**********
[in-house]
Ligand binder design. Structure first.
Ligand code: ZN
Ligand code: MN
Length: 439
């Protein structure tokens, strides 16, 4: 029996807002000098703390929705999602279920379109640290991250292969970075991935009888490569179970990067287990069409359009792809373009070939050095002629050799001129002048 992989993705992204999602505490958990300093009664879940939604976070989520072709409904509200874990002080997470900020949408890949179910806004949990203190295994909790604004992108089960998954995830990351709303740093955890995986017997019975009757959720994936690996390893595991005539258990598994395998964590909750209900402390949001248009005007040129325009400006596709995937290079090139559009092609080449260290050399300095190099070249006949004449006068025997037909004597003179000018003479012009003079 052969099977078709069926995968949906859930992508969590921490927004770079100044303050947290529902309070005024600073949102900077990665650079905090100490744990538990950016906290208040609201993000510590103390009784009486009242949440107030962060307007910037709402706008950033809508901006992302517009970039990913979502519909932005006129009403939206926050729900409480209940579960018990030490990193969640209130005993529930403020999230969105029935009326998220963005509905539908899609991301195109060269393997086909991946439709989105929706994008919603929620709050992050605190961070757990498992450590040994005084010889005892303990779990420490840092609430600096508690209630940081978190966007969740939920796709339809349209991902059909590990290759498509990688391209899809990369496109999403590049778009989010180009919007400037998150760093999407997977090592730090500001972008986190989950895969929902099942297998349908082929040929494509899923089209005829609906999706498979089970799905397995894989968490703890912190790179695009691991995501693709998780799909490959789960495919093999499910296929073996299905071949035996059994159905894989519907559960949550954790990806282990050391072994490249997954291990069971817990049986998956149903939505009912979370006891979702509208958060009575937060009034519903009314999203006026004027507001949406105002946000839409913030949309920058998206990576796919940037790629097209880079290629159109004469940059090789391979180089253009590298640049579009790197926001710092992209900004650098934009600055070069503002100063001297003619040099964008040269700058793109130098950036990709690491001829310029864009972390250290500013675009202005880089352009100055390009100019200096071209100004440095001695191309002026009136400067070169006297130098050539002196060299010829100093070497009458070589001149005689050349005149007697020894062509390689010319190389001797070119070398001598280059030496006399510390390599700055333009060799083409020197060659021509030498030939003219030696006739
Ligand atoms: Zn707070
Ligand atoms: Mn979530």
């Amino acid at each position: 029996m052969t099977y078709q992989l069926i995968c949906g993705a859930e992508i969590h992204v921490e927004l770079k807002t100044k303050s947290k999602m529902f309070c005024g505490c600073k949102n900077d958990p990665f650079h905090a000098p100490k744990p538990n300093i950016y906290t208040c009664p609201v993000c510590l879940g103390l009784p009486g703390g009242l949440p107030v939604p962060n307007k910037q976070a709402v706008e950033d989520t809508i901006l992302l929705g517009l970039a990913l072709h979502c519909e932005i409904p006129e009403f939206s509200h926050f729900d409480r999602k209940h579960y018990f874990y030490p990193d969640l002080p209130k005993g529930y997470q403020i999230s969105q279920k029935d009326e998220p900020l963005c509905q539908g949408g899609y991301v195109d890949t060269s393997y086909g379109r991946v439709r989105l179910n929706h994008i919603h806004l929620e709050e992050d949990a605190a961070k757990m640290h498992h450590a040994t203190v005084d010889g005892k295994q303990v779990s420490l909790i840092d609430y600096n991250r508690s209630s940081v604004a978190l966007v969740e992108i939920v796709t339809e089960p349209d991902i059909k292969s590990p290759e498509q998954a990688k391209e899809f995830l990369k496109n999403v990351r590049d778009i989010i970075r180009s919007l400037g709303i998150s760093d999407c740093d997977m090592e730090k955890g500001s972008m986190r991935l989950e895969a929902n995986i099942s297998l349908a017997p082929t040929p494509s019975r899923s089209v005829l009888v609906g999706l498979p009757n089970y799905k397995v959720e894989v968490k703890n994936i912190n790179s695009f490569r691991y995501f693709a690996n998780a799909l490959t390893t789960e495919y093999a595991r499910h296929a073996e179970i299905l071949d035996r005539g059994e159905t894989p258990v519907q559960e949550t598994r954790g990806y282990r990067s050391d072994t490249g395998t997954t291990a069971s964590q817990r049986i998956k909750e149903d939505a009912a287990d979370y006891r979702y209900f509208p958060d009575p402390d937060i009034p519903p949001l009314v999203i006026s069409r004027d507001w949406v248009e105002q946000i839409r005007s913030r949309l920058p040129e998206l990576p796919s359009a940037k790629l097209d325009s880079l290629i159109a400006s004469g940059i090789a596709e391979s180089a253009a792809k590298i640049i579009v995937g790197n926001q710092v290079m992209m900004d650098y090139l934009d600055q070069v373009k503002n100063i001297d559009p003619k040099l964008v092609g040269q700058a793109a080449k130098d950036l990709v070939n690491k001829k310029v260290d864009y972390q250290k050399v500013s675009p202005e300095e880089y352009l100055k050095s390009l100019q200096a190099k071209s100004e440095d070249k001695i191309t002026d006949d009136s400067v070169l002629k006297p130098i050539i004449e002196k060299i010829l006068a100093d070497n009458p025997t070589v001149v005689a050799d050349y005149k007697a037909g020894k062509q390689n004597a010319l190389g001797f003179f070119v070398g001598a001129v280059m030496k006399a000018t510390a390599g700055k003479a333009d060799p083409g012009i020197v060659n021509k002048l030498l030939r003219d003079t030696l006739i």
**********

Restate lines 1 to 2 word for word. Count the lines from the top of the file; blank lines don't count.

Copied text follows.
[in-house]
Ligand binder design. Structure first.